What is GPS and How Does it Work?

Once exclusive to the military, GPS is now found everywhere from satellite dishes to running shoes. But how does it work, and what does it really do? Read on to learn more about this new technology.

Still bringing a map on your next trip? You may be a bit behind on the times. Today’s travelers are using a new technology called GPS, or Global Positioning System. For less than $100, you can get a handy little device that tells you exactly where you are on Earth any day.

What it is

GPS is a system of 27 satellites orbiting the earth some 22,000 miles above the ground. Only 24 of them are in operation; the other three are ‘spares’ in case one of them falls. The satellites, each weighing between 3,000 and 4,000 pounds, orbit the earth at 12,000 miles per hour and make about two revolutions a day. They are arranged in orbit so that at any given time, you can see at least four of the satellites in the sky.

How it works

Each GPS satellite transmits to earth a constant stream of information indicating its location, speed, altitude, and other geographic attributes. An atomic clock is built into each satellite also indicates the time at which the signals are sent. The signals travel at a constant speed—the speed of light—so people on earth are able to calculate exact arrival times from this information.

What people call ‘a GPS’ is actually a receiver, which decodes these signals into readable information. A GPS receiver obtains signals from four of the closest satellites and calculates the data to determine your exact location. This process is called trilateration.

How trilateration works

So why do you need four reference points? Think of it this way: if a satellite says that you’re 100 miles from New York, you can be at any point within a 100-mile radius from the Big Apple. If it says you’re also 120 miles from Montreal, you know you’re somewhere up north. Another receiver may say you’re 310 miles from Milwaukee, so you deduce further that you are on the western end of the northern arc.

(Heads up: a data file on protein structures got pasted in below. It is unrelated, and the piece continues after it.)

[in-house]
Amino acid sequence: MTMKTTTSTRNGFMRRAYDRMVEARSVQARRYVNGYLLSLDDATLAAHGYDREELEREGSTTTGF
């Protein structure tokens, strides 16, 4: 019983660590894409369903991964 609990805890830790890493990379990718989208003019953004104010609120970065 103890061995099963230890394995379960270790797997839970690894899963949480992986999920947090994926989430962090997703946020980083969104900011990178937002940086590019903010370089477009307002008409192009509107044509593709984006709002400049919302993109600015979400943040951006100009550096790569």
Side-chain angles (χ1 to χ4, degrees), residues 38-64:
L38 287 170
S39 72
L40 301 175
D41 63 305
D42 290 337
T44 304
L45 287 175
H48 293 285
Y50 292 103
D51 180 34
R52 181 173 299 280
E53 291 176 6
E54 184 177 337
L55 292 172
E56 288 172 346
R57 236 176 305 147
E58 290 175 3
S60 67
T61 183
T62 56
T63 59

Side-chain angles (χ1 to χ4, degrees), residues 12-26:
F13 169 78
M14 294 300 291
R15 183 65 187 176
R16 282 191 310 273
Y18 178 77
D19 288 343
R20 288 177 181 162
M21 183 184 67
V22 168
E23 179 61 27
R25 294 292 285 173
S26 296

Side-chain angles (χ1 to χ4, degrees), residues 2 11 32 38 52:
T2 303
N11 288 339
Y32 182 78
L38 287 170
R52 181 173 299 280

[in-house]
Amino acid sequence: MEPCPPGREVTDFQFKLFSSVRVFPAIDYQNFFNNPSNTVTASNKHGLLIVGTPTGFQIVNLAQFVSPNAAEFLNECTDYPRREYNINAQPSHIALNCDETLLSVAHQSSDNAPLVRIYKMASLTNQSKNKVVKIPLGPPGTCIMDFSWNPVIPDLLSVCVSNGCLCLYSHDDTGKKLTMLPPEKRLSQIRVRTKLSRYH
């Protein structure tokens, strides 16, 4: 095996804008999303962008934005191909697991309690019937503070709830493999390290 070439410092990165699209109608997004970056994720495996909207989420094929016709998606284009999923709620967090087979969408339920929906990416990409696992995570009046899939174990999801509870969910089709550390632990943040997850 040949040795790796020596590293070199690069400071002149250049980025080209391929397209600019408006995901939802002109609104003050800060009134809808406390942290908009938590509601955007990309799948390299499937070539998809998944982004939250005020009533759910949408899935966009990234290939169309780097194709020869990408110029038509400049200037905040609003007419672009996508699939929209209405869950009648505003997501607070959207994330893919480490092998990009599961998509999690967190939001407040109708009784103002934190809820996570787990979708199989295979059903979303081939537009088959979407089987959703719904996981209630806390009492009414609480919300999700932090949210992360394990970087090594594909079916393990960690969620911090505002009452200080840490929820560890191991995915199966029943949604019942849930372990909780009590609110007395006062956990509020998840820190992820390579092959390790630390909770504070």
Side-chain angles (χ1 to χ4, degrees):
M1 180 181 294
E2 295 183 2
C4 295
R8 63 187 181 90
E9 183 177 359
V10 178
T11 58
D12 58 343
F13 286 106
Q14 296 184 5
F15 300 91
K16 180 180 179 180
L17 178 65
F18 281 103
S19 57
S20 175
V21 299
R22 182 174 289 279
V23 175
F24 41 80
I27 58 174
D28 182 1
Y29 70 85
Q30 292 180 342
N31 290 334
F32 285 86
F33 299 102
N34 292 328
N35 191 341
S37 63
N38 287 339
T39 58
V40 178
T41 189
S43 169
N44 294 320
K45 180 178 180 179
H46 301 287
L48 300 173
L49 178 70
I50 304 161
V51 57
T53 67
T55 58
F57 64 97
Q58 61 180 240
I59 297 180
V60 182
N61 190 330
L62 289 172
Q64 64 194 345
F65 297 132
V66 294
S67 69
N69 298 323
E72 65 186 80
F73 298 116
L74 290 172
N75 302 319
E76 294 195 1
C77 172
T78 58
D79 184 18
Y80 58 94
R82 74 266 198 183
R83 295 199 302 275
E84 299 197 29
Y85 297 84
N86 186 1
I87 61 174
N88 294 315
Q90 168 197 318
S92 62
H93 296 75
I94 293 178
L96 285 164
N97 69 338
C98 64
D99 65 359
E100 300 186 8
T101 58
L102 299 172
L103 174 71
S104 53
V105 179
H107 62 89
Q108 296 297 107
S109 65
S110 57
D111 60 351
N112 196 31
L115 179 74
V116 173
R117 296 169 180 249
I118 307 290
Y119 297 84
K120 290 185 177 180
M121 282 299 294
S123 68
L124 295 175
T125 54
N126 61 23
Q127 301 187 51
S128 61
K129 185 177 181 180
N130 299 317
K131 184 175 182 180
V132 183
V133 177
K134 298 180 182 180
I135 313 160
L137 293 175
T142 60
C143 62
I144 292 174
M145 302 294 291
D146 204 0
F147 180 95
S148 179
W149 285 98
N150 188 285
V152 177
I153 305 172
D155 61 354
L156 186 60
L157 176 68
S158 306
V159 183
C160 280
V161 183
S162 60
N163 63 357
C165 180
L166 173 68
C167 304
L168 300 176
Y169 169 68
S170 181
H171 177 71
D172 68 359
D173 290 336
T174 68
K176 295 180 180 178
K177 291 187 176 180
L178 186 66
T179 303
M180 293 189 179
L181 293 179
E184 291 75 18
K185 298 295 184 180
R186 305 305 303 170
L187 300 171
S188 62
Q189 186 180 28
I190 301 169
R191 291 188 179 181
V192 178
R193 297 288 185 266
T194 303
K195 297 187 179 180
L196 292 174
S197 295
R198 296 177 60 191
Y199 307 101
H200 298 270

So far, these three make up what is called 2D trilateration. If the world were a giant map, three data points would be all you need to find your way. But we’re working with an uneven planet. The curves, peaks and falls on the earth’s surface would make the data slightly inaccurate. That’s why you need a fourth reference point for altitude. By determining the vertical distance between you and a satellite, your receiver can take this factor into account and give you a precise location. Ships at sea have a fixed altitude of zero, so they don’t need this fourth factor.

What it’s for

GPS was originally invented for military use and is still widely used in the field today. Over the years, however, it has evolved into a dual-use technology, which means it has significant applications for both the government and civilians. In the military, GPS receivers are used for search and rescue, navigation, target tracking, reconnaissance, missile guidance, and nuclear detonation detection.

Consumer-level GPS is mostly used for navigation assistance. Pocket receivers are often used by hikers, mountaineers, and other outdoor enthusiasts to find their way in remote areas and keep track of each other in the wild. A lot of new cars are also built with GPS devices, which basically work as live world maps. Other civilian applications include speed detection, radio and cellular communications, timekeeping, and location tracking and hunting.

Most GPS receivers are built into other devices such as cars, PDAs, laptops, and even wristwatches. If you have any GPS-capable device, you can usually use it on its own unless you want to save data or upload maps and other supplementary information. For advanced applications, you can get a separate GPS device with removable storage, so that you can save and transfer data to your computer for later viewing.